Some hopeful news has come out right before the long weekend. Two new studies have elevated the potential of antibody resistance, with detailed analysis.
The herd immunity theory might be the most promising end to the Covid-19 pandemic and the most divisive one among medical professionals.
In short, when a pathogen exists within a community for long enough a high proportion of individuals can become immune to its ensuing diseases. This in turn causes recovery rates to outpace transmission rates. The mechanisms that facilitate this process are varied but vaccination bears the most influence on its success rate.
The two papers were conducted by a team of researchers at Harvard Medical School, Beth Israel Deaconess Medical Center, and the Massachusetts Consortium on Pathogen Readiness (MassCPR).
“The global COVID-19 pandemic has made the development of a vaccine a top biomedical priority, but very little is currently known about protective immunity to the SARS-CoV-2 virus,” senior author Dan Barouch explained in a press release, “In these two studies, we demonstrate in rhesus macaques that prototype vaccines protected against SARS-CoV-2 infection and that SARS-CoV-2 infection protected against reexposure.”
This first study analyzed 35 rhesus macaques monkeys after splitting them into two groups. The first group received one of six DNA coronavirus vaccine trials, and the rest were given placebo drugs. These monkeys were subsequently exposed to SARS-CoV-2.
Eight of the 25 vaccinated monkey models evidenced no detectable virus after exposure, while the others showed very low levels of the virus.
The level of antibodies present in a model was determinative of viral load; the higher the antibody count, the lower the virus count.
As previously covered by Ladders, the lower the viral load in an individual the milder the symptoms should they manifest at all.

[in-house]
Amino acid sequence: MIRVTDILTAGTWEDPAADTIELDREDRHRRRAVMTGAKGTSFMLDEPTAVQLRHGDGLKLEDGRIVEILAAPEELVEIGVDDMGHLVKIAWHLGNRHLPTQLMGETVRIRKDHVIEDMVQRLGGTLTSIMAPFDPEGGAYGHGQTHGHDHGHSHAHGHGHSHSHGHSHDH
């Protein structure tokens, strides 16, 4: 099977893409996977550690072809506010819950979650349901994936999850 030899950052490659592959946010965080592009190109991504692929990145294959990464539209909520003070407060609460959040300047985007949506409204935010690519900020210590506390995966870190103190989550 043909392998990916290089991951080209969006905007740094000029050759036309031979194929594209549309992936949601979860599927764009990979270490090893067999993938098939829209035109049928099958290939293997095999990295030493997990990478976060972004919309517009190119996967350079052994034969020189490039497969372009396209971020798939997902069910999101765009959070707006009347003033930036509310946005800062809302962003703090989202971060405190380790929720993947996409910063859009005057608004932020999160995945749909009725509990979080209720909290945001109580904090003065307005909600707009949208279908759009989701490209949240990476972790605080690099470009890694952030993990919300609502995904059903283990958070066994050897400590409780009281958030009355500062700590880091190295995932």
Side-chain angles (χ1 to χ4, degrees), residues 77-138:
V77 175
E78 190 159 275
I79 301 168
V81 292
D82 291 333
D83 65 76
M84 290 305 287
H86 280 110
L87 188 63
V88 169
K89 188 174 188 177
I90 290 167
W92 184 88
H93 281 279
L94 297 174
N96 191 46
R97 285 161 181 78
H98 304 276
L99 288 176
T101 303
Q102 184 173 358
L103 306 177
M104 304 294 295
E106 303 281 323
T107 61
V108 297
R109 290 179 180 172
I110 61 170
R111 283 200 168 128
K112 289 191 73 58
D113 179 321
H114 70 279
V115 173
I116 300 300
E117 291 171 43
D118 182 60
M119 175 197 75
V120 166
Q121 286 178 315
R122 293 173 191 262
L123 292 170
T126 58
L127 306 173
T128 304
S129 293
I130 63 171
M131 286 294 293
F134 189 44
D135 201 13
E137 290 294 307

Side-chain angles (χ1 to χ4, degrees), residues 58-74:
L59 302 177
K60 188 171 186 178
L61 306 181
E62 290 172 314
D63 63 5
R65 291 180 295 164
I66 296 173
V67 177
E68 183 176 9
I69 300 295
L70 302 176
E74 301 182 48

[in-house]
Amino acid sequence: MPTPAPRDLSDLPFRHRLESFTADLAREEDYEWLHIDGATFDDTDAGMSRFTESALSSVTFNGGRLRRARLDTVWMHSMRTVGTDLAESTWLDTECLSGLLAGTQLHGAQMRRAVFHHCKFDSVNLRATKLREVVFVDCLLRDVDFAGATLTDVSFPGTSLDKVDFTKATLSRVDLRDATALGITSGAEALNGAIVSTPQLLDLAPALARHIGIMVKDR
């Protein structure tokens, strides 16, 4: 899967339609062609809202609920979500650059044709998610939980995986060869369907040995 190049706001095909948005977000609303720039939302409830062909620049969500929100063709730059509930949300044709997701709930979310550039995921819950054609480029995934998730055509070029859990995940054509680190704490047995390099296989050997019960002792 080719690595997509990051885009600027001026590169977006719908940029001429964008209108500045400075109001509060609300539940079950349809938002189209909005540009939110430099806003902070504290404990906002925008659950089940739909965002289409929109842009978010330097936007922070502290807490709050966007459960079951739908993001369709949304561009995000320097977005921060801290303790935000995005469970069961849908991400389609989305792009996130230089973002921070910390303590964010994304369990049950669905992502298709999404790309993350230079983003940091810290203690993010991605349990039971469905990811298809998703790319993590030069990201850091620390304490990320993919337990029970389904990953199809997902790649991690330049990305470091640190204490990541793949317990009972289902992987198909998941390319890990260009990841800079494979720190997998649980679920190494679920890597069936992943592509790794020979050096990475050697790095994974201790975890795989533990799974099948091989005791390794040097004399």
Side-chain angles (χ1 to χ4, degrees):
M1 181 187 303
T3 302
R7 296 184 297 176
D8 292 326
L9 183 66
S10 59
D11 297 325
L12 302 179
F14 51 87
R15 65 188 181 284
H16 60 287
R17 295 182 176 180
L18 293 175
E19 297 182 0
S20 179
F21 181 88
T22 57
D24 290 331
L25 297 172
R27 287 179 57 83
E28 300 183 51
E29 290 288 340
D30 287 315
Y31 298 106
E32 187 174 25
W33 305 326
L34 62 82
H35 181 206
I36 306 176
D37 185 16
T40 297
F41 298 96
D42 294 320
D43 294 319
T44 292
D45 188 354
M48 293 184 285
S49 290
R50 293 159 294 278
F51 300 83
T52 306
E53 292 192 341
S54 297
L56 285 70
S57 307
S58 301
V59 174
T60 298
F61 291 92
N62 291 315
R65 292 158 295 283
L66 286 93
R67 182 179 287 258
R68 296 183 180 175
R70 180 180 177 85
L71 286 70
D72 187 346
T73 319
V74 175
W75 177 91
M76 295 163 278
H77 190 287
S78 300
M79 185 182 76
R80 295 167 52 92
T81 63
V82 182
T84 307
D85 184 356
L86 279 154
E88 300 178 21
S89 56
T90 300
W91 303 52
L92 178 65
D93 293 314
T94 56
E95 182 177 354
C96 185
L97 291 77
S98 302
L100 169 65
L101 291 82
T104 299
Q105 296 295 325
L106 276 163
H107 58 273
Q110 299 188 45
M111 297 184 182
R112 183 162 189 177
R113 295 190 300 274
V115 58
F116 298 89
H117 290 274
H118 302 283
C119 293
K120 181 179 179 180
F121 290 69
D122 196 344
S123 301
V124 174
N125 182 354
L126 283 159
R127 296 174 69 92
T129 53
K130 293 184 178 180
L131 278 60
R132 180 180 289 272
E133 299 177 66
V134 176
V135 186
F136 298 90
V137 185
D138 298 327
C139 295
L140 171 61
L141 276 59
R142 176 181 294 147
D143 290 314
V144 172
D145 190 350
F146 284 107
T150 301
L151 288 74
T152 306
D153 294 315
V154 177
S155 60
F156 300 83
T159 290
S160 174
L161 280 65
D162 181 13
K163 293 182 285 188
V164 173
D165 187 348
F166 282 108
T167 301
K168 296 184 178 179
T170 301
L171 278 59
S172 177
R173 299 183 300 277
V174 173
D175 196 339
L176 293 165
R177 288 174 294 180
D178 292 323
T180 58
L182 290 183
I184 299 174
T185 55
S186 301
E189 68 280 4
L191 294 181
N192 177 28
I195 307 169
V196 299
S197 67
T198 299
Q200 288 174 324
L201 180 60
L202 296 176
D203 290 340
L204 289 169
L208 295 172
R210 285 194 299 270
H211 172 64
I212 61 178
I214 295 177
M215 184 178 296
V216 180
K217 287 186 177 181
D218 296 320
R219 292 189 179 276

Similarly, organisms need to be exposed to a specific infection dose to become ill from a virus. This research suggests antibody resistance could effectively curb the amount of virus present in a host at the time of exposure. If this proves to be consistent on a communal scale, the number of disproportionately affected individuals will gradually decline and be absorbed by the majority of mild cases.
In the second study, the team extended their research to determine if the same species of monkeys had developed a natural-biological immunity to reinfection.
Nine adult macaques were exposed to the virus before experiencing and recovering from viral pneumonia. These developed coronavirus antibodies within 28 days.
Exactly one week later, the monkeys were exposed to SARS-CoV-2 again except this time they demonstrated a nearly impenetrable defense against reinfection.
After reviewing nasal swabs and bronchoalveolar lavage following reinfection, the researchers observed traces of the virus consistent with exposure, but the levels declined rapidly and there was no recoverable virus in test samples. The monkeys developed immune responses to the virus so quickly they didn’t even become ill before the complete viral clearance.
“Little or no clinical disease was observed in the animals following rechallenge,” the authors explained. “SARS-CoV-2 infection in rhesus macaques induced humoral and cellular immune responses and provided protective efficacy against SARS-CoV-2 rechallenge. “These data raise the possibility that immunologic approaches to the prevention and treatment of SARS-CoV-2 infection may, in fact, be possible.”
These findings do not stand alone. A recent study conducted in China on the very same species of monkeys concluded immunity almost certainly protects monkeys from re-infection Unfortunately, no study has been able to determine how long a species remains protected against SARS-CoV-2 after initial exposure.
The most substantial pillar from these two new studies and preceding Covid-19 antibody literature is their effect on viral load and case severity.
Monoclonal antibody drugs currently in development will save lives and lessen the prodromes attached to critical manifestations of Covid-19.
CW Headley is a reporter for the Ladders and can be reached at email@example.com